36 This should not preclude additional requirements pursuant to national procedural law. The adoption of such legally binding decision implies that it may give rise to judicial review in the Member State of the supervisory authority that adopted the decision. Amendment 81 (119) Penalties should be imposed to any person, whether governed by private or public law, who fails to comply with this Regulation. Member States should ensure that the penalties should be effective, proportionate and dissuasive and should take all measures to implement the penalties. (119) Penalties should be imposed to any person, whether governed by private or public law, who fails to comply with this Regulation. Member States should ensure that the penalties should be effective, proportionate and dissuasive and should take all measures to implement the penalties. The rules on penalties should be subject to appropriate procedural safeguards in conformity with the general principles of Union law and the Charter of Fundamental Rights, including those concerning the right to an effective judicial remedy, due process and the principle of ne bis in idem. (119) Member States may lay down the rules on criminal sanctions for infringements of this Regulation, including for infringements of national rules adopted pursuant to and within the limits of Penalties should be imposed to any person, whether governed by private or public law, who fails to comply with this Regulation. These criminal sanctions may also allow for the deprivation of the profits obtained through infringements of this Regulation. However, the imposition of criminal sanctions for infringements of such national Support Council. Stress the importance of ne bis in idem, as sanctions may be both of criminal and administrative character /15 VH/np 35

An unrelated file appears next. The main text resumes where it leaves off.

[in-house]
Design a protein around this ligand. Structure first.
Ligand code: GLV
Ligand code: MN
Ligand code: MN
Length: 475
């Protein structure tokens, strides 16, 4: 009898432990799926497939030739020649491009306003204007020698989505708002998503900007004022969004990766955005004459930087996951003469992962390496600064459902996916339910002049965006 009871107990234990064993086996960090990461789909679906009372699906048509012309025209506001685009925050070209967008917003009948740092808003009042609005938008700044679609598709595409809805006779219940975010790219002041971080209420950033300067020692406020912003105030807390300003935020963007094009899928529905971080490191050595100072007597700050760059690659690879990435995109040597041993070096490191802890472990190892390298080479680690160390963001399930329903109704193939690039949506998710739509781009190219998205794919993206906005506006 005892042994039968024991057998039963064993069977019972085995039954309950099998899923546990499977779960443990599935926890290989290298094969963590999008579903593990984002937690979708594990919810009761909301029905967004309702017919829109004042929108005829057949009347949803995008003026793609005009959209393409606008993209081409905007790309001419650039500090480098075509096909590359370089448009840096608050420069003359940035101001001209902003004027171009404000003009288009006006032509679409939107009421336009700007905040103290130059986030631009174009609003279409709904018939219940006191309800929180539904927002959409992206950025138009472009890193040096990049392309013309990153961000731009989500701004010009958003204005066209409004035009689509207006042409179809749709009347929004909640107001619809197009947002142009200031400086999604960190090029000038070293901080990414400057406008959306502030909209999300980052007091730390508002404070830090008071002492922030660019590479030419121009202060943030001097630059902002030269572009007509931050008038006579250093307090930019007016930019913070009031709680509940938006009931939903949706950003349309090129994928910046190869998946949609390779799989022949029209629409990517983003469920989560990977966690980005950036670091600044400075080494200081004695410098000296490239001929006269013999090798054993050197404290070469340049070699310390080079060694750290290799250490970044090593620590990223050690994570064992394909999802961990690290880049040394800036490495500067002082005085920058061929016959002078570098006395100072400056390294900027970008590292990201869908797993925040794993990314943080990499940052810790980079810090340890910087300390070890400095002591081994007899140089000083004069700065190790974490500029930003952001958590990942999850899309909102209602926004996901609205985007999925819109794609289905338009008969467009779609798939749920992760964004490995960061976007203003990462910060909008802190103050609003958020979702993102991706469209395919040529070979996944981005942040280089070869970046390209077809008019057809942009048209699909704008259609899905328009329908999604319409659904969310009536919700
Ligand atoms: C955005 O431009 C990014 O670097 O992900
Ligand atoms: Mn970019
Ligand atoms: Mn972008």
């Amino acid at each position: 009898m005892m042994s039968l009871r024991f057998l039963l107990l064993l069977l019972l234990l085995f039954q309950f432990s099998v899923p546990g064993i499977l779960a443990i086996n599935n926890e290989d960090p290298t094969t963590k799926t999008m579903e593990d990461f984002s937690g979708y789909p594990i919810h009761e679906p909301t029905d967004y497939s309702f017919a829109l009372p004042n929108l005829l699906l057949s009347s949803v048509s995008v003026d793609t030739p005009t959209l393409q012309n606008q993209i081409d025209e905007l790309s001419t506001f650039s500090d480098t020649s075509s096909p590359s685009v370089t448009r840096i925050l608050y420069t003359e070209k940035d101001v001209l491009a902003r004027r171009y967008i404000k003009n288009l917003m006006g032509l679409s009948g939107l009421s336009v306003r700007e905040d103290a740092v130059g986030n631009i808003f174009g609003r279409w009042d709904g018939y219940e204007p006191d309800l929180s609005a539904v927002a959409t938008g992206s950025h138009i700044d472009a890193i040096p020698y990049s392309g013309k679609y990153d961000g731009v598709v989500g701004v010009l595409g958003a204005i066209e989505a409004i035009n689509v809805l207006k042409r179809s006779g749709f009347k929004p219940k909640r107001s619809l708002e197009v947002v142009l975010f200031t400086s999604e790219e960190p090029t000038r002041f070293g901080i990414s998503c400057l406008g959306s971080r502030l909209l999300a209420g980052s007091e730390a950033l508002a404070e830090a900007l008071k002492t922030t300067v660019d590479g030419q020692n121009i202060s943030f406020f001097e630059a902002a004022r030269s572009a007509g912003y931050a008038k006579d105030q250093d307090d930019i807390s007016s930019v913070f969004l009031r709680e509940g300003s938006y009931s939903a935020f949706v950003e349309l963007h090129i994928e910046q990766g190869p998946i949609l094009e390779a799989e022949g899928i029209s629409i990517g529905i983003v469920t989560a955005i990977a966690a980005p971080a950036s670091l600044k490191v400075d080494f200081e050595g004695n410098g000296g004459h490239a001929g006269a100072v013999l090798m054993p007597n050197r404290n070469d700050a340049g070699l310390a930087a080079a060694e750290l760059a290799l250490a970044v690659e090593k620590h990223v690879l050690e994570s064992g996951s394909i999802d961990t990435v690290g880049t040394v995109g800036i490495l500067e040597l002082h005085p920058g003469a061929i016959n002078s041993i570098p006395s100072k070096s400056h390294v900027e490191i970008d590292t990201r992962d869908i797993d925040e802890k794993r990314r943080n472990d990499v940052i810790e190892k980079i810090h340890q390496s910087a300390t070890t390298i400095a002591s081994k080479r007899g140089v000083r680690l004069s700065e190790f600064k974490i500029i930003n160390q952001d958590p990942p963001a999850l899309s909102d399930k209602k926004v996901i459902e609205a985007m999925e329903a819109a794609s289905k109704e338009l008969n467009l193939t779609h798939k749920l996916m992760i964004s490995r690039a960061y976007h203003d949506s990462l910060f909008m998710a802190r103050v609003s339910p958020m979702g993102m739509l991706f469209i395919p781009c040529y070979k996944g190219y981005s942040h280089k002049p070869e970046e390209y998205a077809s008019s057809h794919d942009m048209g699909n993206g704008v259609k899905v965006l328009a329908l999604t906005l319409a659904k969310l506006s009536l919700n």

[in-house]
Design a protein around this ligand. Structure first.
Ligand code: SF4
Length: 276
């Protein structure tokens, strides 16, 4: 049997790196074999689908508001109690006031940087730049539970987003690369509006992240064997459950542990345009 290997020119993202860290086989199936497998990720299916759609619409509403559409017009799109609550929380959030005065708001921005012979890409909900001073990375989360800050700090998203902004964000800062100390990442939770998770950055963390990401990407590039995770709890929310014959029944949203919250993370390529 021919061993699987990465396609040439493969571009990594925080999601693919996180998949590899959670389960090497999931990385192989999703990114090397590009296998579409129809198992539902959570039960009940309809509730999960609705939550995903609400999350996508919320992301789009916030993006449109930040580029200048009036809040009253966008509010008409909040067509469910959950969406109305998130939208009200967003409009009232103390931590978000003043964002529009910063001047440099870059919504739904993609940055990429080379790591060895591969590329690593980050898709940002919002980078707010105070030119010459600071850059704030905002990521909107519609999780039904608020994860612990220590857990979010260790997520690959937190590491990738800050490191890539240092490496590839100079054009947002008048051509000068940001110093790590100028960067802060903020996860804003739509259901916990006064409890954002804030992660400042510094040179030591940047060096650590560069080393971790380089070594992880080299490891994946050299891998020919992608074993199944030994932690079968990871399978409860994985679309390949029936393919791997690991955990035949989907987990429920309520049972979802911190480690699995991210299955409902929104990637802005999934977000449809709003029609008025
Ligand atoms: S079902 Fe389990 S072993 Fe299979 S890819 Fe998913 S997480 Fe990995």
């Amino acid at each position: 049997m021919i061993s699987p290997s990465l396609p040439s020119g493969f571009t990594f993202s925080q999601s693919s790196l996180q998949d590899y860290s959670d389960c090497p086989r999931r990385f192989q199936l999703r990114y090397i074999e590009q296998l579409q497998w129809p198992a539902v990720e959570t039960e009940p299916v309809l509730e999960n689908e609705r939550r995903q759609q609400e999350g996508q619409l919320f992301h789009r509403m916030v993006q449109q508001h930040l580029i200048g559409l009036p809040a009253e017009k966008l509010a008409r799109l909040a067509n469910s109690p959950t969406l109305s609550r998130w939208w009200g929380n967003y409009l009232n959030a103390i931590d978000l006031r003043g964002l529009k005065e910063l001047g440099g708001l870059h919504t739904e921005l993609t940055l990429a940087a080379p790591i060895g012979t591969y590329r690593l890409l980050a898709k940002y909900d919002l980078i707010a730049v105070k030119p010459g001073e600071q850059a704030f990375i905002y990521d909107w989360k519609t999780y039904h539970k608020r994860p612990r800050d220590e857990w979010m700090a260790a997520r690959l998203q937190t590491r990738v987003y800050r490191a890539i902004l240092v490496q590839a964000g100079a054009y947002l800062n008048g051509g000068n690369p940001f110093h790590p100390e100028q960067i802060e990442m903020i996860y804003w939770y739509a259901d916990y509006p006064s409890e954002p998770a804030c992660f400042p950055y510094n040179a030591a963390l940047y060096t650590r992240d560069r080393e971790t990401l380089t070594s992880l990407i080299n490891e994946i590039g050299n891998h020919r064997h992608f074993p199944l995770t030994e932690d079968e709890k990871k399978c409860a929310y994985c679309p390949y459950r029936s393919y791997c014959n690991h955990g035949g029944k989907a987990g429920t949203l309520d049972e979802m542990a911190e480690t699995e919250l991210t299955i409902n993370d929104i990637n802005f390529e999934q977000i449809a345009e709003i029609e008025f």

37 rules and of administrative sanctions Member States should ensure that the penalties should be 10391/15 VH/np 36

38 effective, proportionate and dissuasive and should take all measures to implement the penalties.not lead to the breach of the principle of ne bis in idem, as interpreted by the Court of Justice /15 VH/np 37

39 HAVE ADOPTED THIS REGULATION: CHAPTER I GENERAL PROVISIONS HAVE ADOPTED THIS REGULATION: CHAPTER I GENERAL PROVISIONS HAVE ADOPTED THIS REGULATION: CHAPTER I GENERAL PROVISIONS Article 1 Article 1 Article 1 Subject matter and objectives Subject matter and objectives Subject matter and objectives 10391/15 VH/np 38